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Sask. woman part of international study seeking to improve healthcare for those with brain injuries


Barb Butler was involved in a motor vehicle accident in 1993, resulting in a brain injury.

She was in a coma for almost three weeks afterward, and then spent six months in hospital, and then rehab, and as an outpatient at the rehab hospital for almost six years.

“It's affected my life in that I have a really bad short-term memory. I have to write everything down,” said Butler. “It's also affected me physically in that I do walk with a limp and I have really bad balance.”

Butler participated in a proposition proposal conducted by Brain Injury Canada and the Canadian Traumatic Brain Injury Research Consortium. The report looks at traumatic brain injury (TBI) as a lifelong condition. It aims to have the Government of Canada and the Canadian Chronic Disease Surveillance System designate moderate to severe traumatic brain injury as a chronic condition.

“Unfortunately, it's not recognized as a chronic disease, because it's trauma once patients are discharged from their rehabilitation, then often the burden falls on the person or the caregivers, the family members,” said co-chair of, the Canadian Traumatic Brain Injury Research Consortium Dr. Jamie Hutchison.

A feeling Butler knows all too well.

“It impacted my family a great deal in the beginning because I wasn't around. My son started kindergarten without a mom. I think over the years, I've just learned to adapt as I have to my injury,” she said.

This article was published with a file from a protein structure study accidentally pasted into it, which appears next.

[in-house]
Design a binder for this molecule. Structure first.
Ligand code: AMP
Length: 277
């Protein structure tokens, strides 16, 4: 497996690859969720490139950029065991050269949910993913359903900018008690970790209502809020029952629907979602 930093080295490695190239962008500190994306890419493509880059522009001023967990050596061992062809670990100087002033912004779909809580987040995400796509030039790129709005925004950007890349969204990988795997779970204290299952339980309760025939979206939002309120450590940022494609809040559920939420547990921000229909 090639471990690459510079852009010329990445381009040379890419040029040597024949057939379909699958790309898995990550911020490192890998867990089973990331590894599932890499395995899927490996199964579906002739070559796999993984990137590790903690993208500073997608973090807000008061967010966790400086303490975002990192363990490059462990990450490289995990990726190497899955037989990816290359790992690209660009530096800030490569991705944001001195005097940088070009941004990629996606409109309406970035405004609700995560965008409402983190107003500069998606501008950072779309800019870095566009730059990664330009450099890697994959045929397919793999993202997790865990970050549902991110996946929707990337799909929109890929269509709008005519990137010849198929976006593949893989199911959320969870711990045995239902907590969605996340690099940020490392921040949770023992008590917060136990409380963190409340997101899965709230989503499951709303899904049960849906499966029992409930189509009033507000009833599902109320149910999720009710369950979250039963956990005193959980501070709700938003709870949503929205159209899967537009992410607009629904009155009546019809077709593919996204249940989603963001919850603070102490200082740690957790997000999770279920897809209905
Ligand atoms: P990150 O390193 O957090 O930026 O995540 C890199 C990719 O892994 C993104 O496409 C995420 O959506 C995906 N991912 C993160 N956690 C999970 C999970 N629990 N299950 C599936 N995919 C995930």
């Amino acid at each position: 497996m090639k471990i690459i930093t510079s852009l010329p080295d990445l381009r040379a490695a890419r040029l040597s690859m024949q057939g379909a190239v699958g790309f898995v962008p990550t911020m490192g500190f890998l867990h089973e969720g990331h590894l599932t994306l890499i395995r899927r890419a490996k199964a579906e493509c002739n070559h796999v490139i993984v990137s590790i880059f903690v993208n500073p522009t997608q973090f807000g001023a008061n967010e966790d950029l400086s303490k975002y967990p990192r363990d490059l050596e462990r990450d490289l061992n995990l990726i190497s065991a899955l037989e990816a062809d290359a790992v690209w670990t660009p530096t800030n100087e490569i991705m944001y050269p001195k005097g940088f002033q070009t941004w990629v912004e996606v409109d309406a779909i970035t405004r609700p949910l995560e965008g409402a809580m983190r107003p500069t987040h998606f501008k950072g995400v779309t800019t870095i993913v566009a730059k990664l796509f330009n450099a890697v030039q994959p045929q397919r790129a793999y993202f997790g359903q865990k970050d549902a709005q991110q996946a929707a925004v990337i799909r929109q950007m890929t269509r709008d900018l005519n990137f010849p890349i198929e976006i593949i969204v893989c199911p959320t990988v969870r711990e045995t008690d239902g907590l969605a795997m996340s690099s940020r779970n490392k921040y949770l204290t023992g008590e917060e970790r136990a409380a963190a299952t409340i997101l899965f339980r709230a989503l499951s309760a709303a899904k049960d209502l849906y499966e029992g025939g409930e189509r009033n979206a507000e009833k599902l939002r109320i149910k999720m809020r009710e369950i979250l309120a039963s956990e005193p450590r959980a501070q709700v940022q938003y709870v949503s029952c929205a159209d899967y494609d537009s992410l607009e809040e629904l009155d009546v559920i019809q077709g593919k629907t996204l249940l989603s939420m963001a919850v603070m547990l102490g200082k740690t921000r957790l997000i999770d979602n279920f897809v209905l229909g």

The report cites that according to a “2020 Public Health Agency of Canada review, between 2002 and 2016, approximately 235,471 injury deaths occurred in Canada, and 22.6 per cent of these (53,200 deaths) were associated with a TBI diagnosis.”

“Traumatic brain injury is the most common cause of death and long-term disability in the young population, even up to age 40. But it can occur at any age,” said Dr. Jamie Hutchison.

The report wants TBI to be a chronic condition, which would allow Canada’s health and social systems to access “updated data for better tracking of incidence, prevalence, mortality, healthcare utilization (e.g., hospitalizations, physician visits), and co-existing health conditions,” the release read.

“It would permit us in Canada to collect data to see how big a burden it really is, and it would permit a much more efficient healthcare system to actually provide appropriate support for these patients and their caregivers. That support is just not there right now, and it's needed,” said Dr. Hutchison.

Researchers are working to meet with the Public Health Association of Canada, which houses the chronic disease surveillance system database. Top Stories


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